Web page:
After Intel launched its low-power, low-cost Atom processors in 2008 the chip family sort of stagnated for a while. There wasn’t really that much difference between an Atom chip from 2009 and one from 2011 in terms of performance. Things changed with the introduction of Intel’s Bay Trail architecture in 2013.

Low-cost notebooks and tablets with Atom, Celeron, and Pentium chips based on Bay Trail technology offer long battery life and surprisingly capable performance.

Next year things could get even better with the introduction of Cherry Trail.

atom roadmap

Intel says its Cherry Trail chips will be based on a 14nm process, which offers better efficiency than the 22nm process used to manufacture Bay Trail processors.

The new chips should also offer twice the 3D graphics performance. At the same time, they should use less power, or at least offer a better performance-per-watt ratio than today’s chips.

From here on out Intel plans to update its Atom processors once a year, much the way it does with its higher-end Core family of chips.

Intel had initially hoped to ship its first Cherry Trail chips by the end of 2014, but it looks like that release has been pushed back to 2015.

For now if you want an Android or Windows tablet with an affordable, low-power Intel chip your best bet is still get a model with a Bay Trail processor (or maybe a Moorefield chip if you’re looking at Android tablets). You’ll still get long battery life and graphics performance that rivals or bests what’s available from many ARM-based processors. It’s just that next year’s models will be even better.

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11 replies on “Intel Atom “Cherry Trail” 14nm chips coming in 2015”

  1. I guess performance increases are slowing down for Atoms too. From Sandy Bridge to Haswell, performance hasn’t increased much for the Core chips. For both their Atom and Core lines, it seems Intel is focusing on power consumption instead of raw performance.

    Too bad they don’t really have much competition in high end CPUs anymore. Most of their competition is in the low power devices (ie. smartphones, tablets and uselessly thin notebooks) where performance isn’t as big a concern for the target audience/use cases.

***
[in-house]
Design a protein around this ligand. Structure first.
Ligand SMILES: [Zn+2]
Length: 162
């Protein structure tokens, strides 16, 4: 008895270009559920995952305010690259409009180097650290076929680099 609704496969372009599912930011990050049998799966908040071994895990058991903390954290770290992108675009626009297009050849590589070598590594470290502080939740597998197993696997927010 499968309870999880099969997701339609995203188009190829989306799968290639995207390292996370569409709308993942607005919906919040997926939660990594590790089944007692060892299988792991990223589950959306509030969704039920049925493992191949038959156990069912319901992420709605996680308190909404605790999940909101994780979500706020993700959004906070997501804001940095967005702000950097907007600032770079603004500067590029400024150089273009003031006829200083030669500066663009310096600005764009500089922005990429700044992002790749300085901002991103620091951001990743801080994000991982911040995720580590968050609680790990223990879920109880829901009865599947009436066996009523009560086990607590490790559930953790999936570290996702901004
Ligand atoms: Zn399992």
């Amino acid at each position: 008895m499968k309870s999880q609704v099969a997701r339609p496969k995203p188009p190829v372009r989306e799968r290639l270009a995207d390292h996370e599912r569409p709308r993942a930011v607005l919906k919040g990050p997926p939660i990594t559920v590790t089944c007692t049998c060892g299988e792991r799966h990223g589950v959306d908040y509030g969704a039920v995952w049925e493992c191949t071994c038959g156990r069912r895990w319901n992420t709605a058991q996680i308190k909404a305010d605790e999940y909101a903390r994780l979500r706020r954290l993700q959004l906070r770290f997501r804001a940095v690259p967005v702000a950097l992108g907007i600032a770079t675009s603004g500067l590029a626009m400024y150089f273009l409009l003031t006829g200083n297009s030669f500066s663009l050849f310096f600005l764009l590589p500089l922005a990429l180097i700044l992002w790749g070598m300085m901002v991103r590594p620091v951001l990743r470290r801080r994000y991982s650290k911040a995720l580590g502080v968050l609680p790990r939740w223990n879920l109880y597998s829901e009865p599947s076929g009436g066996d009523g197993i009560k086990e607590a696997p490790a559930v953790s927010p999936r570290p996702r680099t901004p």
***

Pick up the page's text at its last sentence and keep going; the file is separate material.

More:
That’s kind of why we’ve been looking into GPGPU and FPGA processing now because these Xeons and -E chips are becoming a bottleneck.

  2. i’m not that looking forward to buy these new intel SoCs
    not because i think they wouldnt be sufficiant, but more because what i currently own (z3740 in my Asus T100) does keep up with my needs pretty well.
    What do i need? CPU/GPU fast enough for SSH/Browsing (check), as much RAM as i can get (uhh.. nope) and much space to store my data on (well, i inserted a 64GB micro-SD, so its bearable, but… fuck)

    The CPU/GPU-Part wasn’t the thing slowing me down since i bought my Toshiba AC100. What i really need is faster/more Storage and more RAM.
    But noone seems willing to supply this with sub-1K€-Devices. :-/

    1. Cherry Trail is a different market segment from Bay Trail. It’s more for phones than tablets. The node shrink focuses more on power efficiency than performance increase.

  3. spent 5 hours in the cherryview validation lab today. a very good little soc. sips electricity with solid performance. its no llama mountain, but should allow very inexpensive products.

  4. So, no performance increase on the CPU side. It’s the N450 all over again. 🙁

    1. No, the CPU is at least Clocked up to three hundred MHz faster, with possibly faster average base clock, but the big improvement is just going to be the GPU… possibly more than 3x improvement because they’re increasing the max number of Execution Units in the GPU from 4 to 16, as well as moving from Gen 7 GPU to Gen 8… mind that’s where Intel is really behind compared to competition in mobile devices…

      Besides, this is just the Tick and the Tock isn’t coming until either the end of 2015 or early 2016 with the Broxton update that is suppose to more than double both CPU and GPU performance…

        1. Crappy attitude aside, sure… If you don’t need anything that’s both affordable and mobile in the next three years then sure… Wait all you want…

        2. sure if you wait till 2017, you will get much better cpu which will be more efficient and smaller

    2. We still have some Atom D2700 boxes ticking along just fine. Over 3x the clock rate of the older N4xx processors, and dual-core with hyperthreading. Long in the tooth now but still quite serviceable VESA-mounted to monitors as basic workstations and they work ok as small servers too.

      1. You should upgrade when this becomes available.

        Large perf and perf/watt increase over your systems and 10nm being 2+ years away.

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